Molly Haskell

Selected Works

Non-Fiction
Haskell has produced a cultural map of not only her sister’s experience, but of gender roles and transsexualism in a world increasingly governed by notions of individual identity. My Brother My Sister is tender, honest, informed, and at times a humorous must-read for anyone who has ever struggled to discover who they really are.
Both historical survey and polemic, this book addresses the ways in which Hollywood, and cinema in general, has stereotyped women, but also points to the numerous examples of women subverting and challenging these stereotypes.
"A work of considerable depth and subtlety" (the New York Times) : In 1984 Haskell's husband, Andrew Sarris, came down with a mysterious and near-fatal illness. During his six-month hospitalization, she confronts not only the daily fear of his death but the realization of her own immense dependency.
Essays and interviews, ranging from interviews with Hollywood legends such as Gloria Swanson and John Wayne, to celebrations of the comic verve of Lucille Ball and Carol Burnett, to ruminations on literary figures such as Truman Capote and his Holly Golightly and Jane Austen's Emma.
Part of the Yale University Press American Icon series. An examination of how and why the book and movie have such a hold on the imagination. The character of Scarlett, bold, outrageous and yet forgivable, is unlike any heroine before or since.
Selected Articles
A piece about movie theatres and how they've changed through the years.
Molly's personal take on the hit tv show.
A book review of “Burt Lancaster: An American Life,” by Kate Buford.
A unique view of the confrontations between men and women, the darker side of men, and how both sexes react to these differences.
Celebrated New York Times humor piece about Molly's husband's driving, men's driving in general, and the misconceptions about women drivers.

Love and Other Infectious Diseases: a Memoir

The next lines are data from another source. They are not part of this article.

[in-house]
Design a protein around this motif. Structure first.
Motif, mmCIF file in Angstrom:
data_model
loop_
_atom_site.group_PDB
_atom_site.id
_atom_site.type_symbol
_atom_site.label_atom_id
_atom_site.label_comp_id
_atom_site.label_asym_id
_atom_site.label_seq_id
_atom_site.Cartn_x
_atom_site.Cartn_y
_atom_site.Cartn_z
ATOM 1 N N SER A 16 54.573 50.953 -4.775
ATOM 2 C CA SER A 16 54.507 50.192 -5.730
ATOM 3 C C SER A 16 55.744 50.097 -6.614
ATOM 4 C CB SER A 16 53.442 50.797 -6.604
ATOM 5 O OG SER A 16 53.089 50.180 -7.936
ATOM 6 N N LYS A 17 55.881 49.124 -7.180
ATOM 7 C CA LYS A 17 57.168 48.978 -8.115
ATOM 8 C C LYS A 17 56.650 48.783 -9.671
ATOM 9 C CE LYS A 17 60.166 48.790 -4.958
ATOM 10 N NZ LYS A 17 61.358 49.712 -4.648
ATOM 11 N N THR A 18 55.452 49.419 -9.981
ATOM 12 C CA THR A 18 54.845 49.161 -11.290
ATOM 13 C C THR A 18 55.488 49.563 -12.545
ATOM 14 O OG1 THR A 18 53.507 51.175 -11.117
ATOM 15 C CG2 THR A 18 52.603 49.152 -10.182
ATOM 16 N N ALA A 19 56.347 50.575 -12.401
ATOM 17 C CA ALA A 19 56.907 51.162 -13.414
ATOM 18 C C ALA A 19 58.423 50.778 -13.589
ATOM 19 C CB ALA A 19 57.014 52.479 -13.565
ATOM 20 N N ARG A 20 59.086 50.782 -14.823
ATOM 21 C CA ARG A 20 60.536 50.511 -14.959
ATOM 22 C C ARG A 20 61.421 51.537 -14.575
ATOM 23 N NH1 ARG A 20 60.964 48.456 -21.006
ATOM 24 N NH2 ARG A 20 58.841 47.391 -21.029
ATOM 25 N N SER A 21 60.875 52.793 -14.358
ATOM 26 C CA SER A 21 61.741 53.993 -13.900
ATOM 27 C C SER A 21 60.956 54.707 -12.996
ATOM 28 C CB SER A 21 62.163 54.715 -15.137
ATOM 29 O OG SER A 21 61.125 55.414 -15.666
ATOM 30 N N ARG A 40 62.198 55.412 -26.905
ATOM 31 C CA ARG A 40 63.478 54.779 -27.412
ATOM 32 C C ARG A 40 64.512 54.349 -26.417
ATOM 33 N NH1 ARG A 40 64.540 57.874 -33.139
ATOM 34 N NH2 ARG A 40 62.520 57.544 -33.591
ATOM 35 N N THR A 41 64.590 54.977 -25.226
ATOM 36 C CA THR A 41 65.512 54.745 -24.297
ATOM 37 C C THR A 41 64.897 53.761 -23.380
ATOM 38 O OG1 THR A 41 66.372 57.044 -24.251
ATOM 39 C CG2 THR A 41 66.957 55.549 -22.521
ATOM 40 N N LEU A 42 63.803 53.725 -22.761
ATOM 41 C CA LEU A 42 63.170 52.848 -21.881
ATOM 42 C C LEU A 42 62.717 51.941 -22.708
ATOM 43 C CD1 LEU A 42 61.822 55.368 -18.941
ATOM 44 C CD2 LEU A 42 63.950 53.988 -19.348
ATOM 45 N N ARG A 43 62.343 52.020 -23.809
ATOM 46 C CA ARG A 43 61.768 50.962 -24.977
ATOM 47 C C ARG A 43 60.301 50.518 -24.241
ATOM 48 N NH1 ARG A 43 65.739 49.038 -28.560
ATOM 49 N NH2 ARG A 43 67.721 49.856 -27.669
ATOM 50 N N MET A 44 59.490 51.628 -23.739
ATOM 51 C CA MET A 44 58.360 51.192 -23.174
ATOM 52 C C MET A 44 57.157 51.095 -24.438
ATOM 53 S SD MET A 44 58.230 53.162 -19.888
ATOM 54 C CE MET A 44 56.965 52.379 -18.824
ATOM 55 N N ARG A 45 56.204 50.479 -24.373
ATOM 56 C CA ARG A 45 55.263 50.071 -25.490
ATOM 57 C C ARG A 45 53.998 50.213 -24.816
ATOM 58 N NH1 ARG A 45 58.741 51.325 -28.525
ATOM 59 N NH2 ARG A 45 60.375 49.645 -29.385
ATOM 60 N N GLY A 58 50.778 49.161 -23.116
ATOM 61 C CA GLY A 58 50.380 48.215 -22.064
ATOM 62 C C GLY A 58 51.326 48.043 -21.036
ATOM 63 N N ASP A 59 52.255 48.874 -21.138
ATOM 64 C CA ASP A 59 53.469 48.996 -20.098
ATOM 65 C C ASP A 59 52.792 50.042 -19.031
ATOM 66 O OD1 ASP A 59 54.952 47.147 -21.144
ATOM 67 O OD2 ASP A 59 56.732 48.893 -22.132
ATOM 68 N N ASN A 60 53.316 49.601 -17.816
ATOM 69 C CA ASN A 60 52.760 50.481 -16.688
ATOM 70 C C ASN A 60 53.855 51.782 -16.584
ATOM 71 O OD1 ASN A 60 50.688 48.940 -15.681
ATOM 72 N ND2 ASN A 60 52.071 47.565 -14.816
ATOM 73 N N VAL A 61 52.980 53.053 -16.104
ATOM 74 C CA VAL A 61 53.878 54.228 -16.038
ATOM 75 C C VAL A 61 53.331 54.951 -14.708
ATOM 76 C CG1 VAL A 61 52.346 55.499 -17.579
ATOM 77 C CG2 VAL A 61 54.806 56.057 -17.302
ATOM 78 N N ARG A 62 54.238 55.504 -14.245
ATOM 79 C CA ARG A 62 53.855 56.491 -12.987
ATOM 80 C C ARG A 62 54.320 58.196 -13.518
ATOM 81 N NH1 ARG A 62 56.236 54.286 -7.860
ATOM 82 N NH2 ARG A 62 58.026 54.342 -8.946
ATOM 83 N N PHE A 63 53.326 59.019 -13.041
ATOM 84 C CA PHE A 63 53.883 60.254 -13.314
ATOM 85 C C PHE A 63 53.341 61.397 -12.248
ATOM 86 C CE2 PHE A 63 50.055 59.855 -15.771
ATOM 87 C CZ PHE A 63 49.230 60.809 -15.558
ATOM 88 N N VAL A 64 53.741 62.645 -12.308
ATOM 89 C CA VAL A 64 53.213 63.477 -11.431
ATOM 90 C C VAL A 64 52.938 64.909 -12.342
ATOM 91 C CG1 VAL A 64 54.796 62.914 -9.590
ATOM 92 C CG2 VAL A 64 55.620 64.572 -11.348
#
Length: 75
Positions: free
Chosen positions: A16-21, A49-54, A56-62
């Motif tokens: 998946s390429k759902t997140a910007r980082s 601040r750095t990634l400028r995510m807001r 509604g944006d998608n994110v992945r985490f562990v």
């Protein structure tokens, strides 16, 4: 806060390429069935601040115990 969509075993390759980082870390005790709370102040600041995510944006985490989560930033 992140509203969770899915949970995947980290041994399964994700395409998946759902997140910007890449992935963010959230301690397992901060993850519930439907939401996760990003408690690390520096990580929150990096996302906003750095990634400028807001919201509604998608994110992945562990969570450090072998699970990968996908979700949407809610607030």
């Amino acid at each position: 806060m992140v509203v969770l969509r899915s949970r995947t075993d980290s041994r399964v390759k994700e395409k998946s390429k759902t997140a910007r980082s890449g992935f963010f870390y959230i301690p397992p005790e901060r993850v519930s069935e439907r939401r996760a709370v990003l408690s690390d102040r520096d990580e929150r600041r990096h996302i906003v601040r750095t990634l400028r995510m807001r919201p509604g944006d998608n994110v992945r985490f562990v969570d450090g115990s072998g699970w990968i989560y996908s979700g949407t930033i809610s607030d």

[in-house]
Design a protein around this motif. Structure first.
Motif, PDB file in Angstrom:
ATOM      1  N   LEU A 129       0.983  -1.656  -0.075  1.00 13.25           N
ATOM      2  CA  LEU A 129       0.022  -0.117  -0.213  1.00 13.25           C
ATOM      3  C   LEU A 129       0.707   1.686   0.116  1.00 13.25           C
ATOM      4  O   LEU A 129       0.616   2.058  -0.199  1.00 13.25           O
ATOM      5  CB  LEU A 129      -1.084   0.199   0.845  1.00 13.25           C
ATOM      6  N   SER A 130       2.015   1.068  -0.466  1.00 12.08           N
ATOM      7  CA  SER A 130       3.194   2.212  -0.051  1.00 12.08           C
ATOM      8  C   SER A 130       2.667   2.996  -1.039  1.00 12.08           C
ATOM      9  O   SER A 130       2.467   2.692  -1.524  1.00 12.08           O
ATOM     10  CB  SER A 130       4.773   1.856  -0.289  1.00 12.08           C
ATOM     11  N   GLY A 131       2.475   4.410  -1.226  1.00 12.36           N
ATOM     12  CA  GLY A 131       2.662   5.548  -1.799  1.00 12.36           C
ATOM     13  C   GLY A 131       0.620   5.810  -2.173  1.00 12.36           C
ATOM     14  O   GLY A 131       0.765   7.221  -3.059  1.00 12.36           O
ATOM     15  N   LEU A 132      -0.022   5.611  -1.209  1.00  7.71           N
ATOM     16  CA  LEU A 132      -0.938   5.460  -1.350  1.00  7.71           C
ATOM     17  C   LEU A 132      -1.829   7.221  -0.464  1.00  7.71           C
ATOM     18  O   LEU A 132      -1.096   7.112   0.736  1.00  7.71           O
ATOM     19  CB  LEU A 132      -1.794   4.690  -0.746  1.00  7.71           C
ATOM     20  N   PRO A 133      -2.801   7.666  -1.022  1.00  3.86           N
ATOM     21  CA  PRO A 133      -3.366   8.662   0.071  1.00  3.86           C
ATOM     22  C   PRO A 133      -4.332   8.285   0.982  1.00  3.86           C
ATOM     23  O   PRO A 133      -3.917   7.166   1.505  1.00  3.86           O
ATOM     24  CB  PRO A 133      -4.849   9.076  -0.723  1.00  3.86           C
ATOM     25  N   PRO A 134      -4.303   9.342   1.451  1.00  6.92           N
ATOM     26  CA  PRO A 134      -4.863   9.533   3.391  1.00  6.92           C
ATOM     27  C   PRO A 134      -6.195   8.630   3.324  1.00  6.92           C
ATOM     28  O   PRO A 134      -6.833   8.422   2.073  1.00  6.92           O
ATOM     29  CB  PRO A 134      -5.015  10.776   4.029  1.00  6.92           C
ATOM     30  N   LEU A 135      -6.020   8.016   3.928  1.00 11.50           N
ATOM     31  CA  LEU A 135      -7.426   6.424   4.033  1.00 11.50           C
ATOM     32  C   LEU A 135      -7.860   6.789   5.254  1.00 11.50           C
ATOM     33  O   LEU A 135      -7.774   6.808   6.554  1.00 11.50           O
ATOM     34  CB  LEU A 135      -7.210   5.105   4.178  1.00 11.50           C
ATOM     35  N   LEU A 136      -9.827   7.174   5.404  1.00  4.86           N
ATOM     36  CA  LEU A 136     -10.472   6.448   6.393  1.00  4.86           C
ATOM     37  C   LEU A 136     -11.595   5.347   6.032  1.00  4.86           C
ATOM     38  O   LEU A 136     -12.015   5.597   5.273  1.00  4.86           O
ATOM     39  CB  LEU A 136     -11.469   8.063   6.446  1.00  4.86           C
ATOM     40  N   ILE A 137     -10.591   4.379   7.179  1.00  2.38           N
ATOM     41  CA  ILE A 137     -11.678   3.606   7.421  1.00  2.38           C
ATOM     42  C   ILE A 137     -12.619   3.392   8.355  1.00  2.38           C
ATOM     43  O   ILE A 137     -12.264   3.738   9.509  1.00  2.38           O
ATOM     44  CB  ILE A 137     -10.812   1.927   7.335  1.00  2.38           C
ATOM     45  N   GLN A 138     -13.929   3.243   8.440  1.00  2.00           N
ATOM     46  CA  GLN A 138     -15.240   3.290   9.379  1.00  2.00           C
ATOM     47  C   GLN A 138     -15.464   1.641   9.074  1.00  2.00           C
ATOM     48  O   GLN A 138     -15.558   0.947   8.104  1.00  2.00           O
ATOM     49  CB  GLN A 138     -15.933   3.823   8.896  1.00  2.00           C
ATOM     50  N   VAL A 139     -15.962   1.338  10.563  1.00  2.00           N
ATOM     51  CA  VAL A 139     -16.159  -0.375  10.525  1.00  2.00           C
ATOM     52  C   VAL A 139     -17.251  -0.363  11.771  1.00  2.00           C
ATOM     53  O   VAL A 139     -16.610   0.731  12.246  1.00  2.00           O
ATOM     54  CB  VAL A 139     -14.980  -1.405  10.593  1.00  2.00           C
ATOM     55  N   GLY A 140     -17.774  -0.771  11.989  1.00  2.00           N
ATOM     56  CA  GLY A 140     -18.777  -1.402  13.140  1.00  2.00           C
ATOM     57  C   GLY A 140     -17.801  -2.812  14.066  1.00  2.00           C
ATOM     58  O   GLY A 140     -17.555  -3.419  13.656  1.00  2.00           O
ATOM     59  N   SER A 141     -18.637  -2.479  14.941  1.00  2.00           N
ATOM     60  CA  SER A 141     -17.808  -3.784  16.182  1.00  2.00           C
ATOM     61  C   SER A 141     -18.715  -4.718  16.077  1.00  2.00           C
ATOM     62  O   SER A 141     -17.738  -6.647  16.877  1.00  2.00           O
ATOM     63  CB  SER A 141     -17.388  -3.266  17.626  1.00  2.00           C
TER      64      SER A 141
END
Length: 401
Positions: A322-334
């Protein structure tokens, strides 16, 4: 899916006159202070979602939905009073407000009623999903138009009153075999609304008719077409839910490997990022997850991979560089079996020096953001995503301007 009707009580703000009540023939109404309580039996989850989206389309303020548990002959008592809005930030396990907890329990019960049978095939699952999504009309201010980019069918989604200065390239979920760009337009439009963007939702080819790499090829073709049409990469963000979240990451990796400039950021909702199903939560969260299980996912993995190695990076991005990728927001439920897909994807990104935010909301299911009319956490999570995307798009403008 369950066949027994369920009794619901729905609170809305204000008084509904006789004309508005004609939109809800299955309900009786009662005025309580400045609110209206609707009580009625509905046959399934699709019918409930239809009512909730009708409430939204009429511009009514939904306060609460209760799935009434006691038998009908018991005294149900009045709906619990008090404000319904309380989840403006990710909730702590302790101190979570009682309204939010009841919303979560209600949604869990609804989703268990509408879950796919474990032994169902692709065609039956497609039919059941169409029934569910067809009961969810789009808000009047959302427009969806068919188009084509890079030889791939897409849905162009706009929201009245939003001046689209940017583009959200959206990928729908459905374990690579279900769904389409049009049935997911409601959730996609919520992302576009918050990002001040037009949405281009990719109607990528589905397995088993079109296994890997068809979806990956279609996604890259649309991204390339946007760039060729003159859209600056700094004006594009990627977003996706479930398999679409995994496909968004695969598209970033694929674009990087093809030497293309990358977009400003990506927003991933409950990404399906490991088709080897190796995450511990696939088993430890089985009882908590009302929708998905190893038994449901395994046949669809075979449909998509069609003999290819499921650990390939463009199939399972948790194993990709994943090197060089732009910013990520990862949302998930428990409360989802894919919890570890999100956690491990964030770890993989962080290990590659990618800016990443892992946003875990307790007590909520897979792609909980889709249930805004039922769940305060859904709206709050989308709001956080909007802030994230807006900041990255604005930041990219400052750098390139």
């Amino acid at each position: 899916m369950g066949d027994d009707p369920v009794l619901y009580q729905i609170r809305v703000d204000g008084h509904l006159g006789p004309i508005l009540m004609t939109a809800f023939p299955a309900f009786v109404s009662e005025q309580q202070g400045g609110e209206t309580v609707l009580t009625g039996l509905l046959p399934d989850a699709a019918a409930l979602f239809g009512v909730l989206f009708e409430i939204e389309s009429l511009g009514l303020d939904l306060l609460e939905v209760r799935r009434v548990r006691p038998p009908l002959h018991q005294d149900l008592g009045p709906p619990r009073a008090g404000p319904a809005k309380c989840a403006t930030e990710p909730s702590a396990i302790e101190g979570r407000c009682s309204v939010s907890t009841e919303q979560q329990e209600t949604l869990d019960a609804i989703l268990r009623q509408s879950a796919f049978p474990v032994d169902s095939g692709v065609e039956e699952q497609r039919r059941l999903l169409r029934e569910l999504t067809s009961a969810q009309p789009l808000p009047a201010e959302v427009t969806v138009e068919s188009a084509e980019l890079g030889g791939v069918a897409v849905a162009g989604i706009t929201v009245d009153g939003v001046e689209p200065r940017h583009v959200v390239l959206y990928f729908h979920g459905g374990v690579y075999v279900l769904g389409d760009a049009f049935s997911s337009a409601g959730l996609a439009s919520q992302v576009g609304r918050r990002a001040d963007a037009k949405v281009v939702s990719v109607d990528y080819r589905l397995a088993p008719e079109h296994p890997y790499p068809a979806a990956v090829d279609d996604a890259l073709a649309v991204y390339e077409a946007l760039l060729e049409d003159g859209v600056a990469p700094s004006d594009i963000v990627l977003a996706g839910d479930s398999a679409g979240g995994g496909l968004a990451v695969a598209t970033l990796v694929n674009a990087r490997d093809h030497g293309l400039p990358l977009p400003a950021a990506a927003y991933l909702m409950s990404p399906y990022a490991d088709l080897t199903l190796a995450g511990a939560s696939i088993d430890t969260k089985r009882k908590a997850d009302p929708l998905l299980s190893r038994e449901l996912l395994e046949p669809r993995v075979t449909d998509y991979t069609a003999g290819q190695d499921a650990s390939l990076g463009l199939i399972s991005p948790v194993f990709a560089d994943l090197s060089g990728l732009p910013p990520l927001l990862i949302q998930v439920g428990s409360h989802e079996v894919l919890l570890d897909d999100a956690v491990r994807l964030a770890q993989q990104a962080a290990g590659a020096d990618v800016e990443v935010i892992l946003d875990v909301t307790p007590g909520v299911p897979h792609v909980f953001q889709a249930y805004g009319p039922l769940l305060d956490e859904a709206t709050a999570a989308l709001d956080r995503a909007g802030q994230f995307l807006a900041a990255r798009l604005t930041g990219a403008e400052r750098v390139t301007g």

For fifteen years, Molly Haskell and her husband, Andrew Sarris, both nationally known film critics, experienced the joys and vicissitudes of an intense two-career marriage-until Andrew was seized by a strange and terrifying illness. Facing the possibility of losing him, Molly was forced to look inward to confront the contradictions in what had seemed an ideal relationship. A remarkable cast of supporting (and occasionally nonsupporting) characters includes critics and Haskell's other writer colleagues; heroic and neglected hospital personnel; sadistic bureaucrats; and fellow patients and their spouses-all playing out variations of the marital duet in this medical grand opera, where death is the common enemy, but not the only one. Part horror movie, part screwball comedy, 'Love and Other Infectious Diseases' is a testament to the resiliency of the human spirit.

Phillip Lopate: "There are moments of such naked honesty as to make any lover of candor's jaw drop in astonishment and glee. Molly Haskell gives us the great adventure of illness, the drama of masculine-feminine, the comedy of nurturing and separation, in a voice full of intimacy and humor. I do not know which to applaud first, the considerable charm of the narrative voice or the unsparingly analytical rigor which underlies it. A book to delight romantics and skeptics alike!"